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Skip the Cookies, CAT Bites Off the Main Course

Ohio Supreme Court rejects Quill physical presence, relies solely on economic substantial-nexus.

Gary M. Harden

Cat licking paw.    In a decision perhaps destined for the US Supreme Court, Thursday morning the Ohio Supreme Court affirmed a lower court decision in Crutchfield Corp. v. Tesa regarding Ohio's commercial activity tax (CAT).  The Court found nexus sufficient to reach the Virginia electronics distributor’s sales into Ohio with mere crumbs of physical nexus, the cookies it left behind on Ohio customers’ computers from internet sales. The decision skipped the cookies and went right to the main course: economic nexus. Wholly unnecessary to affirm the lower court, the majority decision accepted US Supreme Court Justice Anthony Kennedy’s challenge to send him a case to reconsider the physical presence test set forth in Quill Corp. v. North Dakota.

    Physical presence is "a sufficient basis to impose a business-privilege tax," (i.e. CAT) but "it is unwarranted to leap from the principle that physical presence is a sufficient condition . . . to the logically distinct proposition that physical presence is a necessary condition . . . ." Nevertheless, this decision makes its own leap, failing to rely upon any precedent without similar crumbs of physical presence nexus.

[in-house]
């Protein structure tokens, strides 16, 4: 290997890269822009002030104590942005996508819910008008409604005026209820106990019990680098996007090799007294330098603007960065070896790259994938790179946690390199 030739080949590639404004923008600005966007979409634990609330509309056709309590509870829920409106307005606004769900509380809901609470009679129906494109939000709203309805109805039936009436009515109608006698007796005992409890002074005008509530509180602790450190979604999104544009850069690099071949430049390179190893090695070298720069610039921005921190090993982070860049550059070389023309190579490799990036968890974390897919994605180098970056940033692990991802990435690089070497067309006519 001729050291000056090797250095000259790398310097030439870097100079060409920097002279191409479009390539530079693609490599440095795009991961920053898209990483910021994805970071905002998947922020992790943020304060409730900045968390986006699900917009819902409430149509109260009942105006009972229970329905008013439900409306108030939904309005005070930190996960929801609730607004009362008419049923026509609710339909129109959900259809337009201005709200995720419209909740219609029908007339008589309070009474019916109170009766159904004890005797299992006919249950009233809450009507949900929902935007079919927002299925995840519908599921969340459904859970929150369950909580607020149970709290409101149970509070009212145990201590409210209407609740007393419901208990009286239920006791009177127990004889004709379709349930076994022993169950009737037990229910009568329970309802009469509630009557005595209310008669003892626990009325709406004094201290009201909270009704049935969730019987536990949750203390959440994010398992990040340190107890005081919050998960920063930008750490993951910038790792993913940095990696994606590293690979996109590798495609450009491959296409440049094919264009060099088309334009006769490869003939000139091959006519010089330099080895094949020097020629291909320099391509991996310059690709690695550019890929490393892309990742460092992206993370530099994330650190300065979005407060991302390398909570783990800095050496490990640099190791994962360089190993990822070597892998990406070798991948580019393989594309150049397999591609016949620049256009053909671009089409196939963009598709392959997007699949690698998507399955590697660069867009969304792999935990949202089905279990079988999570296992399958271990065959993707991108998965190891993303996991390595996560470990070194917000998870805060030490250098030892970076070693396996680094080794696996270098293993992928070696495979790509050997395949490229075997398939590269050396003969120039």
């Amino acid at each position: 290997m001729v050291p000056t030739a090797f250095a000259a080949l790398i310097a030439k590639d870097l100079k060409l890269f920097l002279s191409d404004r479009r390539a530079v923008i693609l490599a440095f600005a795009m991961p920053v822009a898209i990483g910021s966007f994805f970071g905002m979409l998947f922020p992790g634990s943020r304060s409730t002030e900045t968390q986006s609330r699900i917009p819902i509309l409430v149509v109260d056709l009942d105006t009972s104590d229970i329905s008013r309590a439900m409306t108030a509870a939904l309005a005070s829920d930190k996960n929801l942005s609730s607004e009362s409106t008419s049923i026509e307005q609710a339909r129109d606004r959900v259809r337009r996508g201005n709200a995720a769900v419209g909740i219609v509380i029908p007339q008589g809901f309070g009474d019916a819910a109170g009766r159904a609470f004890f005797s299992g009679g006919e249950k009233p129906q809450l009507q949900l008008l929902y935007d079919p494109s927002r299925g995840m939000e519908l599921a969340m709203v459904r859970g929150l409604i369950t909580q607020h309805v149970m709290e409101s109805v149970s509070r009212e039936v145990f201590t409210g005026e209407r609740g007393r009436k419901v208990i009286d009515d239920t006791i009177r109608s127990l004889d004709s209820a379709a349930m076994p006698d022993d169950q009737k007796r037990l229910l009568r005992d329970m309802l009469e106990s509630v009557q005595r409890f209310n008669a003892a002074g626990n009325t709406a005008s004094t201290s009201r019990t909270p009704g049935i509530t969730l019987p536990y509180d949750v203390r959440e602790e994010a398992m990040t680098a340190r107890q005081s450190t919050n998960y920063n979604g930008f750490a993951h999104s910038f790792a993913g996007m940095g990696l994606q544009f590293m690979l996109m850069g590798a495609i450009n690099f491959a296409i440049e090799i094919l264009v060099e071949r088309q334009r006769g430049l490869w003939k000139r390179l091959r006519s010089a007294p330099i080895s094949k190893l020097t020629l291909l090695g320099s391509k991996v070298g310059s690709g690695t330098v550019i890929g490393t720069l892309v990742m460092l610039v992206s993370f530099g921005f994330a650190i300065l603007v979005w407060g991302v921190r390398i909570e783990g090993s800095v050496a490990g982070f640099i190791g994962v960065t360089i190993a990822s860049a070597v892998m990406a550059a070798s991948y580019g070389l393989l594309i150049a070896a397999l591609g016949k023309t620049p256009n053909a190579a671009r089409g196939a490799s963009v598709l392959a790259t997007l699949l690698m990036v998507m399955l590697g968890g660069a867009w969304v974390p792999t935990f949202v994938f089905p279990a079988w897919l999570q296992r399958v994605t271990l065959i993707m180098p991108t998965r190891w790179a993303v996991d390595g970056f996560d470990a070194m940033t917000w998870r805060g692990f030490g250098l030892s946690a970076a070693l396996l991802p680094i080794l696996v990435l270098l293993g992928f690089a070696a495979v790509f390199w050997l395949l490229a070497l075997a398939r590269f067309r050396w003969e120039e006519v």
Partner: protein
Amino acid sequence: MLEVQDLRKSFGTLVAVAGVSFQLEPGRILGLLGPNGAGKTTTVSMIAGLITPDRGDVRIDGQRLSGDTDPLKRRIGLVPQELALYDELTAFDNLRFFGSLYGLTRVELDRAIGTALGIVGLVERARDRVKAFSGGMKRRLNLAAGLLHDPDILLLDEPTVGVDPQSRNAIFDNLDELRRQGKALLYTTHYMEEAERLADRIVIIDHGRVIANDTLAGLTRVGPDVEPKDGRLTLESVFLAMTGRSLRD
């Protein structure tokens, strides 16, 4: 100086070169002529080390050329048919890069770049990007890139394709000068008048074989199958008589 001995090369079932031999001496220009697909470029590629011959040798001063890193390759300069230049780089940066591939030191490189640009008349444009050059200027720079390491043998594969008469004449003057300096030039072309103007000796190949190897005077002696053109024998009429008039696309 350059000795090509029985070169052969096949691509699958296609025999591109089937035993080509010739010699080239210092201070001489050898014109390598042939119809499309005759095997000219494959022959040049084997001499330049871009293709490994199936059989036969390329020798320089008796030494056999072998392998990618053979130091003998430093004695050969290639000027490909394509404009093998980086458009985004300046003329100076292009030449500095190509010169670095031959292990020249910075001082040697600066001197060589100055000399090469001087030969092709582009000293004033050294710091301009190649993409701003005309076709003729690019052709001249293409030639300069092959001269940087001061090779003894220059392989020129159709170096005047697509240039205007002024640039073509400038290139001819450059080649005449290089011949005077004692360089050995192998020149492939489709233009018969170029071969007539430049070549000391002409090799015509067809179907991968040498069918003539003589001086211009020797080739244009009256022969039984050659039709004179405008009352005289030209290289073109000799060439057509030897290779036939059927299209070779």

In a considered dissent, Judge Sharon Kennedy preferred to "chew on the cookies" a bit more, and consider their merit as physical presence nexus, for now.

    Should you have any questions regarding this decision, or any other questions on the commercial activity tax (CAT), please contact Gary M. Harden.


    Disclaimer:  The article in this publication has been prepared by Eastman & Smith Ltd. for informational purposes only and should not be considered legal advice. This information is not intended to create, and receipt of it does not constitute, an attorney/client relationship.